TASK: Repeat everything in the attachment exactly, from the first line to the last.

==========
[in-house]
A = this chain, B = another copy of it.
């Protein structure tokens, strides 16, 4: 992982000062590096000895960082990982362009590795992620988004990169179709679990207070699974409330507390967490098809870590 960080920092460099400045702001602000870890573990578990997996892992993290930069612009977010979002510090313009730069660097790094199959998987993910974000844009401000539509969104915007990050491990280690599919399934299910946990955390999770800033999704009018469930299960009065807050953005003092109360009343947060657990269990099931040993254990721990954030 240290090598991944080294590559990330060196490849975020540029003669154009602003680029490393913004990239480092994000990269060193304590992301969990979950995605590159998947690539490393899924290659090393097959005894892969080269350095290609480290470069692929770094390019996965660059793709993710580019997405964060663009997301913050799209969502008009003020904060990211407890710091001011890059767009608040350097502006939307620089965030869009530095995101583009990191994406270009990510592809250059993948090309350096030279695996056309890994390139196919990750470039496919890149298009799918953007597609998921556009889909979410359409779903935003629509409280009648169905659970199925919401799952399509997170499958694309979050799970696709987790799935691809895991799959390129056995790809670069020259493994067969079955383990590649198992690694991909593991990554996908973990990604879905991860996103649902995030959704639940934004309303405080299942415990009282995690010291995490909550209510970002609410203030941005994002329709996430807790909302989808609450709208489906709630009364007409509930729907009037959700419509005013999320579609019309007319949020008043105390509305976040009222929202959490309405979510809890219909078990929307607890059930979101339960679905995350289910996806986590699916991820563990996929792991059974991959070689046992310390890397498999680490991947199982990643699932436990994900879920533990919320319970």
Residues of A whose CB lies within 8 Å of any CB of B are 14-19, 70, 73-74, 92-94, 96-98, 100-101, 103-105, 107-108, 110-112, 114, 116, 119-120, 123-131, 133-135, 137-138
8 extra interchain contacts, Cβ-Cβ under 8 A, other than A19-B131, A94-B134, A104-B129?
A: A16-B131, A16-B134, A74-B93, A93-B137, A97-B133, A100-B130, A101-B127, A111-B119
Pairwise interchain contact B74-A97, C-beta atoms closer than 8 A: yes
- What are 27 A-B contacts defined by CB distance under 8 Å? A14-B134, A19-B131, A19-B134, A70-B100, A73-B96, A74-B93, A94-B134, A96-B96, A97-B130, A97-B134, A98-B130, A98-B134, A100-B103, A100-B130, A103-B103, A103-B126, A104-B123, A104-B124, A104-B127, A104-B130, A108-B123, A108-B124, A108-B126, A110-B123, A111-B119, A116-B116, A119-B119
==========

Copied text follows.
[in-house]
A = this chain, B = another copy of it.
């Protein structure tokens, strides 16, 4: 992982000062590096000895960082990982362009590795992620988004990169179709679990207070699974409330507390967490098809870590 960080920092460099400045702001602000870890573990578990997996892992993290930069612009977010979002510090313009730069660097790094199959998987993910974000844009401000539509969104915007990050491990280690599919399934299910946990955390999770800033999704009018469930299960009065807050953005003092109360009343947060657990269990099931040993254990721990954030 240290090598991944080294590559990330060196490849975020540029003669154009602003680029490393913004990239480092994000990269060193304590992301969990979950995605590159998947690539490393899924290659090393097959005894892969080269350095290609480290470069692929770094390019996965660059793709993710580019997405964060663009997301913050799209969502008009003020904060990211407890710091001011890059767009608040350097502006939307620089965030869009530095995101583009990191994406270009990510592809250059993948090309350096030279695996056309890994390139196919990750470039496919890149298009799918953007597609998921556009889909979410359409779903935003629509409280009648169905659970199925919401799952399509997170499958694309979050799970696709987790799935691809895991799959390129056995790809670069020259493994067969079955383990590649198992690694991909593991990554996908973990990604879905991860996103649902995030959704639940934004309303405080299942415990009282995690010291995490909550209510970002609410203030941005994002329709996430807790909302989808609450709208489906709630009364007409509930729907009037959700419509005013999320579609019309007319949020008043105390509305976040009222929202959490309405979510809890219909078990929307607890059930979101339960679905995350289910996806986590699916991820563990996929792991059974991959070689046992310390890397498999680490991947199982990643699932436990994900879920533990919320319970």
Residues of A whose CB lies within 8 Å of any CB of B are 14-19, 70, 73-74, 92-94, 96-98, 100-101, 103-105, 107-108, 110-112, 114, 116, 119-120, 123-131, 133-135, 137-138
8 extra interchain contacts, Cβ-Cβ under 8 A, other than A19-B131, A94-B134, A104-B129?
A: A16-B131, A16-B134, A74-B93, A93-B137, A97-B133, A100-B130, A101-B127, A111-B119
Pairwise interchain contact B74-A97, C-beta atoms closer than 8 A: yes
- What are 27 A-B contacts defined by CB distance under 8 Å? A14-B134, A19-B131, A19-B134, A70-B100, A73-B96, A74-B93, A94-B134, A96-B96, A97-B130, A97-B134, A98-B130, A98-B134, A100-B103, A100-B130, A103-B103, A103-B126, A104-B123, A104-B124, A104-B127, A104-B130, A108-B123, A108-B124, A108-B126, A110-B123, A111-B119, A116-B116, A119-B119